As a lover of the outdoors, construction and community, the Northern Forest Canoe Trail stewardship internship seemed like a once in a lifetime opportunity — even though it would mean I wouldn’t go home to Texas or see much of my family. And boy, I got more than I asked for! Not just way too much rain, but also tools and skills that are already helping me as I continue life working and living in the woods, rivers and lakes of the Northeast.
As much as I grew, becoming better at building stone steps, constructing privies and becoming a better paddler, it was the interpersonal interactions that made the largest impact. Within our stewardship crew, there was much we learned from each other. While we all shared a love for the outdoors, we were all very different people with our own personalities and unique skills that we brought to the table. While there were definitely challenging moments, we all learned when to lean on each other’s skills and talents and when to use our own.
Ethan was always there to ask about a meal plan or how to cook a certain dish. Kate was always there when we needed optimism. Noah and Will covered all things necessary behind the scenes. And as for me? I suppose I was the one who always went off the rope swings first!
I had worked with teammates and groups on projects in the past, but none seemed to be as productive and close knit as this summer. Perhaps it was because we depended on each other and knew it took all of us to move 300-pound stones. I truly appreciated how much the three of us worked together in times when one of us wasn’t fully healthy, taking turns doing tasks that made it possible for us to achieve our work goals even when we were a person down. I also believe we all took on certain characteristics and skills of each other throughout the summer. I grew to enjoy the process of making a meal as I watched Ethan masterfully craft them for volunteers, and became more positive from always seeing Kate smiling, even when it was pouring.
As much as I learned from my co-workers, many meaningful interactions also came from unexpected places. Volunteers, neighbors and strangers from upstate New York to northern Maine are what made the summer possible and are the people who left me with the most to think about. Throughout the summer, I heard stories from countless volunteers who left me with thoughts in my head about everything from my career path to the future of our planet. Their willingness to take time out of their lives to contribute to the NFCT gave me hope and helped me imagine the possibility for a better world. They offered up their homes, time and much more to us, often at the last minute. My interactions with these volunteers made me realize that the Northern Forest Canoe Trail is not just made up of 740 miles of lakes, rivers, streams and portages, but all those along it who form a welcoming and giving community. Not just those passionate about paddling, but also the families and friends who float in tubes down the river, the small towns that open their doors to paddlers and stewards alike, and volunteers from all over that help maintain access to our waterways.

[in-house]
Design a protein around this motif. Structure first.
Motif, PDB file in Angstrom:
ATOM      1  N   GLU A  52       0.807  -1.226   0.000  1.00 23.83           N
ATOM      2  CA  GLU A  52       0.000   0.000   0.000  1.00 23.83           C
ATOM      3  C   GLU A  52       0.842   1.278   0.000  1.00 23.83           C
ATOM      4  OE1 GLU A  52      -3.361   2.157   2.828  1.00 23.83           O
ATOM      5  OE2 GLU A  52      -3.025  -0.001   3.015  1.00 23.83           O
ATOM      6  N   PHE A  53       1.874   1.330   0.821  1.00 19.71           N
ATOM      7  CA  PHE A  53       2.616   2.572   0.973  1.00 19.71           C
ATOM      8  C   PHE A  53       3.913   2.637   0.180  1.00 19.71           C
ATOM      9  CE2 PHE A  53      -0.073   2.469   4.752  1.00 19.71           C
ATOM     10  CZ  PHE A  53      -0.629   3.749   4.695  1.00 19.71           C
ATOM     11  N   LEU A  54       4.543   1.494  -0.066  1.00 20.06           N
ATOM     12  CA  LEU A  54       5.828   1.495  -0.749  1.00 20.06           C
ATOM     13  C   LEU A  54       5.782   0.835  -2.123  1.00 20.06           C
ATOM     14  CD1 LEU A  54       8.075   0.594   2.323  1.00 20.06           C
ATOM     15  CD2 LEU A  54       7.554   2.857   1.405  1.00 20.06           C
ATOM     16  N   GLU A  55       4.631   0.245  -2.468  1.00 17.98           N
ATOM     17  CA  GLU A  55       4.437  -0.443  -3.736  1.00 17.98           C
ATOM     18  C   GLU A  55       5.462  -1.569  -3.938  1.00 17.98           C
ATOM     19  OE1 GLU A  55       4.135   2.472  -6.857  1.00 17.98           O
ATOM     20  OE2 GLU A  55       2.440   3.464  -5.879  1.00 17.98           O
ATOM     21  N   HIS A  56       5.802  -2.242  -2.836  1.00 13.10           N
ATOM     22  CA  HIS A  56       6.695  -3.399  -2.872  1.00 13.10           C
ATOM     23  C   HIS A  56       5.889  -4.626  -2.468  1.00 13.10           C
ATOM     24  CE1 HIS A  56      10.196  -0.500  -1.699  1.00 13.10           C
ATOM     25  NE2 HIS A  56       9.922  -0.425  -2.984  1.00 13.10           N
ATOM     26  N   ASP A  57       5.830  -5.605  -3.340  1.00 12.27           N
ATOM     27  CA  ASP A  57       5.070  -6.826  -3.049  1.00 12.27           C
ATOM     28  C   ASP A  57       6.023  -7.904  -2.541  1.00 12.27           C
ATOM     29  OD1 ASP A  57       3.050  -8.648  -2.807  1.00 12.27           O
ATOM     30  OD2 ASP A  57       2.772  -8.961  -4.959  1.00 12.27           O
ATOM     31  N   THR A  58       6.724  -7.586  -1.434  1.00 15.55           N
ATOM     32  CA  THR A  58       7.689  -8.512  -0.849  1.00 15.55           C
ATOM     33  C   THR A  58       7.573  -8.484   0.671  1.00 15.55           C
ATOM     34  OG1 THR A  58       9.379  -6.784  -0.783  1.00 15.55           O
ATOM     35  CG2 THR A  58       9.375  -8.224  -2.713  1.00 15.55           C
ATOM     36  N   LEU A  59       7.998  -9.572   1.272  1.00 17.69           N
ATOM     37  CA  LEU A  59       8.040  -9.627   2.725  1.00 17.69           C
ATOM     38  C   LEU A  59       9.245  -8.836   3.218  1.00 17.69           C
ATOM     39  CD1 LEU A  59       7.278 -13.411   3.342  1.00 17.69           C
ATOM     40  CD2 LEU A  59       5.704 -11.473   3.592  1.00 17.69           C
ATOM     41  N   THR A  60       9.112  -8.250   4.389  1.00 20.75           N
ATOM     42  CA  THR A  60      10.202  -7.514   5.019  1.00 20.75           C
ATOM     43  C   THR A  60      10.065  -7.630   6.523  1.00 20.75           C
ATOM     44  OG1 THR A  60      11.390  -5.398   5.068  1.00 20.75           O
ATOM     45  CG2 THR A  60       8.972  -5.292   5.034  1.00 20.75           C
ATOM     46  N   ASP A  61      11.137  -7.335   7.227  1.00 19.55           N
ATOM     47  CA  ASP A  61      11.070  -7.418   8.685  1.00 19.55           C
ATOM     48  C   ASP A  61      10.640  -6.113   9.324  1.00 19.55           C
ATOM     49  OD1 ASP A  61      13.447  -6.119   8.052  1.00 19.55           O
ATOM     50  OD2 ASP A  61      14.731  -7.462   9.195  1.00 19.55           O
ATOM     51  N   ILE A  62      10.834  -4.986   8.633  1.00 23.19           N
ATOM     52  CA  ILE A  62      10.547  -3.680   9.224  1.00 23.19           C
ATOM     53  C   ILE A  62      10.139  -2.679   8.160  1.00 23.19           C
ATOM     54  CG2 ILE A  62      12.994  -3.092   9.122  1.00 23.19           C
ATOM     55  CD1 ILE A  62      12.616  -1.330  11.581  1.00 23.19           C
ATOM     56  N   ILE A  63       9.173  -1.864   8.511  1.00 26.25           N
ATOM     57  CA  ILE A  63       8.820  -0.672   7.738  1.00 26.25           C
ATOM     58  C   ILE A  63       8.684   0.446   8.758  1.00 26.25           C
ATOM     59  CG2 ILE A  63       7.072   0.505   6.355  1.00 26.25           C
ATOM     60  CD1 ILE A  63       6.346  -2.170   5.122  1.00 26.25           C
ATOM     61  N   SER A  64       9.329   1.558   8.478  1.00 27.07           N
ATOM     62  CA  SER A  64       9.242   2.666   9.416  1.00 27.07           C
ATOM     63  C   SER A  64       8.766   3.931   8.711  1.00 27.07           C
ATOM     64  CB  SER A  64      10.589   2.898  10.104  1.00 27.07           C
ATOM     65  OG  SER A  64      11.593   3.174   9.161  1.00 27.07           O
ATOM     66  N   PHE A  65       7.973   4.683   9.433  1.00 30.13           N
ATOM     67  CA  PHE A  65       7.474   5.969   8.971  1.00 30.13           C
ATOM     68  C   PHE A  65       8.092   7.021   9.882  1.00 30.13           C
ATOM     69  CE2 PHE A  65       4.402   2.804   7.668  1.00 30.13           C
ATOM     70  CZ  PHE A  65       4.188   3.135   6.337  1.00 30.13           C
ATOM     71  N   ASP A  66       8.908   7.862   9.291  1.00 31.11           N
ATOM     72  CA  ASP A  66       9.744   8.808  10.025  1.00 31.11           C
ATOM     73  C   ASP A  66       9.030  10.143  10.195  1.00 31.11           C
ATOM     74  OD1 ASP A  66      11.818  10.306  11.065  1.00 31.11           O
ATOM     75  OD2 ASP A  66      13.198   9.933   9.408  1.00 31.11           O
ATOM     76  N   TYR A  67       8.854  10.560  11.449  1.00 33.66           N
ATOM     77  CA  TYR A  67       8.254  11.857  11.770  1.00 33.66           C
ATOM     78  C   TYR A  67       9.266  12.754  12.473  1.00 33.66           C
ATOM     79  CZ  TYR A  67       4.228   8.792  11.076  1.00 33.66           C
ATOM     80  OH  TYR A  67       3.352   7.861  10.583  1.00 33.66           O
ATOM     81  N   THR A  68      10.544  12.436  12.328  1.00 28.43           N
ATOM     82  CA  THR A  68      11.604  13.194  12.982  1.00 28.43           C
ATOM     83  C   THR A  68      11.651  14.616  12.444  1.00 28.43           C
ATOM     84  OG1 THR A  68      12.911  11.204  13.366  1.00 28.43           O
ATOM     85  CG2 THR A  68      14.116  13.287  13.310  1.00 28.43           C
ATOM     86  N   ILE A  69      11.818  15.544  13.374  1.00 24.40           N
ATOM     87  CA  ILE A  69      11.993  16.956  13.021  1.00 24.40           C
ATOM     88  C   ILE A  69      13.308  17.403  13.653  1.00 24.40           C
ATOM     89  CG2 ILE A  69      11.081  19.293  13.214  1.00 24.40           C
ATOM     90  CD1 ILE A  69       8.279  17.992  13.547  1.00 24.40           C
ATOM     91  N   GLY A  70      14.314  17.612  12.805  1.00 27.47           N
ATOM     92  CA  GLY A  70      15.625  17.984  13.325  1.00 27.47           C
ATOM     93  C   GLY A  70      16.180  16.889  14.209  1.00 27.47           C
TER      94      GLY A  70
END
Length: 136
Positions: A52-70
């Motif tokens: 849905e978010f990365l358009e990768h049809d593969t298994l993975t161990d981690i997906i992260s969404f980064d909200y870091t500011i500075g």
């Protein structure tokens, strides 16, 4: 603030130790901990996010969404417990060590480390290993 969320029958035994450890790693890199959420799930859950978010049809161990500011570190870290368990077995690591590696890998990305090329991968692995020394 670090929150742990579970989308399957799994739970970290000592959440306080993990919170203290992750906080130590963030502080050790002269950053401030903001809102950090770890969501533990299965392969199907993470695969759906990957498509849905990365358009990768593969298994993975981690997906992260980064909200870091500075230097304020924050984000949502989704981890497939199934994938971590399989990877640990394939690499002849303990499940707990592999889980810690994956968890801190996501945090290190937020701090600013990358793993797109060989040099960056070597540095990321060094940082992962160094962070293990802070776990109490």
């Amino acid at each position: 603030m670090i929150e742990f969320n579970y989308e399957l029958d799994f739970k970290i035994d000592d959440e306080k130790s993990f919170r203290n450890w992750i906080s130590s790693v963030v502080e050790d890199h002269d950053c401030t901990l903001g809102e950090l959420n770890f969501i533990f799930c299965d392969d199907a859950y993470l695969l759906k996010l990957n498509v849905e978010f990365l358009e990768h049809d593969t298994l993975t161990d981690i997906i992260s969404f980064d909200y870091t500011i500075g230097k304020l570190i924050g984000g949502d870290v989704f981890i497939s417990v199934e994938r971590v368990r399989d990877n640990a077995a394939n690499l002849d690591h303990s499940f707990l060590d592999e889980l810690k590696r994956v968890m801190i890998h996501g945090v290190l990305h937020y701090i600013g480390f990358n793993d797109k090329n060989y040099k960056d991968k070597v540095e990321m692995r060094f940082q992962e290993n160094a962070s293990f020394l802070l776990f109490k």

I came into the summer focused on the physical skills and experiences that I would gain.
I knew I would appreciate sunsets, paddling on remote rivers, and improving my carpentry skills. But now as I look back, the summer had a much larger impact on me, by changing my perspective on life and demonstrating the power and importance of community.